Maternally expressed, paternally imprinted, embryonic non-coding RNA are expressed in osteosarcoma, Ewing sarcoma and spindle cell sarcoma

Darrell Green, Archana Singh, Jasmine Sanghera, Lee Jeys, Vaiyapuri Sumathi, Tamas Dalmay, William D. Fraser (Lead Author)

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In a human embryo it takes 8 weeks after fertilisation for the skeleton to begin to form, one of the last organs to develop before becoming a foetus. Mesenchymal progenitors, derived from neural crest cells, differentiate into chondrocytes where the skeleton is generated as a mostly cartilage template. Other mesenchymal progenitors envelop the template, activate runt related transcription factor 2 (RUNX2) and bone morphogenetic protein 2 (BMP2) and differentiate into osteoblasts, where an osteoid matrix is secreted and subsequently mineralised to become bone.1 During development and up to late adolescence, cellular proliferation enabling skeletal growth is restricted to the metaphysis and epiphyseal line or “growth plate”. It is in the growth plate of long bones where most bone cancers develop, hence the predominantly childhood incidence of the cancer. Primitive mesenchymal cells undergo transformation to form a heterogeneous group of bone malignancies. The most common type of bone cancer in children is osteosarcoma, mostly initiated by tumour protein p53 (TP53) mutations. The second most common type of bone cancer in children is Ewing sarcoma, mostly initiated by a EWS RNA binding protein 1-Fli-1 proto-oncogene, ETS transcription factor (EWSR1-FLI1) fusion. There are an average of 160 and 55 new cases of osteosarcoma and Ewing sarcoma, respectively, every year in the UK. Five-year survival for both cancer types is 50% when diagnosed early. Five-year survival is 15% when lung metastases are present at diagnosis. Treatment progress for bone cancer is poor when compared to other cancers such as breast where there is a twenty-year survival of 70%. Bone cancer requires extensive and sometimes disabling multimodal treatment. Chemotherapy for osteosarcoma includes methotrexate, cisplatin and doxorubicin, which were developed in the 1940’s and 1970’s. Chemotherapy for Ewing sarcoma includes vincristine, ifosfamide and etoposide, which were developed in the 1960’s and 1980’s. If the tumour responds well to chemotherapy and radiotherapy, wide area resection or amputation is performed. New understanding of bone cancer biology leading to better diagnosis and better treatments is required.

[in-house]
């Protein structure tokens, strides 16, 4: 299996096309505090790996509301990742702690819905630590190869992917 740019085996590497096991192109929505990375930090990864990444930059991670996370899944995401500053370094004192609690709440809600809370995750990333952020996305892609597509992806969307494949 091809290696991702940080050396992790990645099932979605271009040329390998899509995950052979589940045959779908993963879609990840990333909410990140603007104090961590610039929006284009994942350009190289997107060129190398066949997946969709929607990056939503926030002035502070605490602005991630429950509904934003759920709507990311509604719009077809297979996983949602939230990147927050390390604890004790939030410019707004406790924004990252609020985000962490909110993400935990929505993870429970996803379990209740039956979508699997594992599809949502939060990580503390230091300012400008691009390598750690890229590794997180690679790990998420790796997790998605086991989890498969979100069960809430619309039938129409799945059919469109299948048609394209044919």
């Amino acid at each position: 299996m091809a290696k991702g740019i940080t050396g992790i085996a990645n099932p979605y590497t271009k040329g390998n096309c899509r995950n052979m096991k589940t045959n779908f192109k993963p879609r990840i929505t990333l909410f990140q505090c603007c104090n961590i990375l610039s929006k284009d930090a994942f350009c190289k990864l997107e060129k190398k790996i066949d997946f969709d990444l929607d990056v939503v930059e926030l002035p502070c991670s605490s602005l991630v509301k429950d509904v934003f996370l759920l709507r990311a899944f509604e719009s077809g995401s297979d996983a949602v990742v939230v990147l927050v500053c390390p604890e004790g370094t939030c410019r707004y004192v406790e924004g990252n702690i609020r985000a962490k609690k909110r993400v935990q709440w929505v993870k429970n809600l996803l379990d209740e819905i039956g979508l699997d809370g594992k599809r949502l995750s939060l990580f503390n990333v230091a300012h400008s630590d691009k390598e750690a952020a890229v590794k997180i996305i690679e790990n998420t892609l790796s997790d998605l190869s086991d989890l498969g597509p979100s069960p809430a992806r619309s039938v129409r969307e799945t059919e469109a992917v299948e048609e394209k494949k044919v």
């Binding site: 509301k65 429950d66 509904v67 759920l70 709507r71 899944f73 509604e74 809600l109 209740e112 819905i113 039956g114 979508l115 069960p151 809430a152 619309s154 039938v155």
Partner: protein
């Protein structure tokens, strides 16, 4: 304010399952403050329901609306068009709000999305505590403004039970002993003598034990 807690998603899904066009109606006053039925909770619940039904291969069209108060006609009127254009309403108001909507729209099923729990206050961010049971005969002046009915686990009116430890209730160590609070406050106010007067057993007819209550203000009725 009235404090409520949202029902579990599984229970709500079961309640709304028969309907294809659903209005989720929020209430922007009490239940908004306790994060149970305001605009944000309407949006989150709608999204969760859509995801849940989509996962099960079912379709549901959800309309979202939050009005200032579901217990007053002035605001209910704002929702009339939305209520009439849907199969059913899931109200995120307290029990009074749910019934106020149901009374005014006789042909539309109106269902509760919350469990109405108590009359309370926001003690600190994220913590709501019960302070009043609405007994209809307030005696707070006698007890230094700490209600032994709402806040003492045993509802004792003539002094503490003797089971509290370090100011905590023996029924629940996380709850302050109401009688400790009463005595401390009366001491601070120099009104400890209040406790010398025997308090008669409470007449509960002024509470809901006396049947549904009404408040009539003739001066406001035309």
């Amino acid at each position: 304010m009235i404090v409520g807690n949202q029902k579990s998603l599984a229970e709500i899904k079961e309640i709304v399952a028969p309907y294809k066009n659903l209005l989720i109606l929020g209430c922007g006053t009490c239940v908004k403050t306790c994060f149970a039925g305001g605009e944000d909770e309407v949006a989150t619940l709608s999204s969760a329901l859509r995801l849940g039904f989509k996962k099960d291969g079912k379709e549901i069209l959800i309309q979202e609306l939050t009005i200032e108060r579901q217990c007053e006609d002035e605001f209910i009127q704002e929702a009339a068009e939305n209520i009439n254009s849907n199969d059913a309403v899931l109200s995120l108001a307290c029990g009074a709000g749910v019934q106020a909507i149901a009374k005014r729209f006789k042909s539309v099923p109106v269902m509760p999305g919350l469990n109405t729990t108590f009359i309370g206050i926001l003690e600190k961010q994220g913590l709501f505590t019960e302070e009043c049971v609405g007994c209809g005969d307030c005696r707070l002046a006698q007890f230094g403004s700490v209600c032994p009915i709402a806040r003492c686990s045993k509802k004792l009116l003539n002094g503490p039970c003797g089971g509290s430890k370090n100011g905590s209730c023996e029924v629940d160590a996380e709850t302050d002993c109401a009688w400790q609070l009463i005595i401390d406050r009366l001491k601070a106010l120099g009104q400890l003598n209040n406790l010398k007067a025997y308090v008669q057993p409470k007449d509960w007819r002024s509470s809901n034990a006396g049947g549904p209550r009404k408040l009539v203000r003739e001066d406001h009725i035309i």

Original languageEnglish
Pages (from-to)113-116
Number of pages4
Issue number1
Early online date27 Nov 2018
Publication statusPublished - Jan 2019

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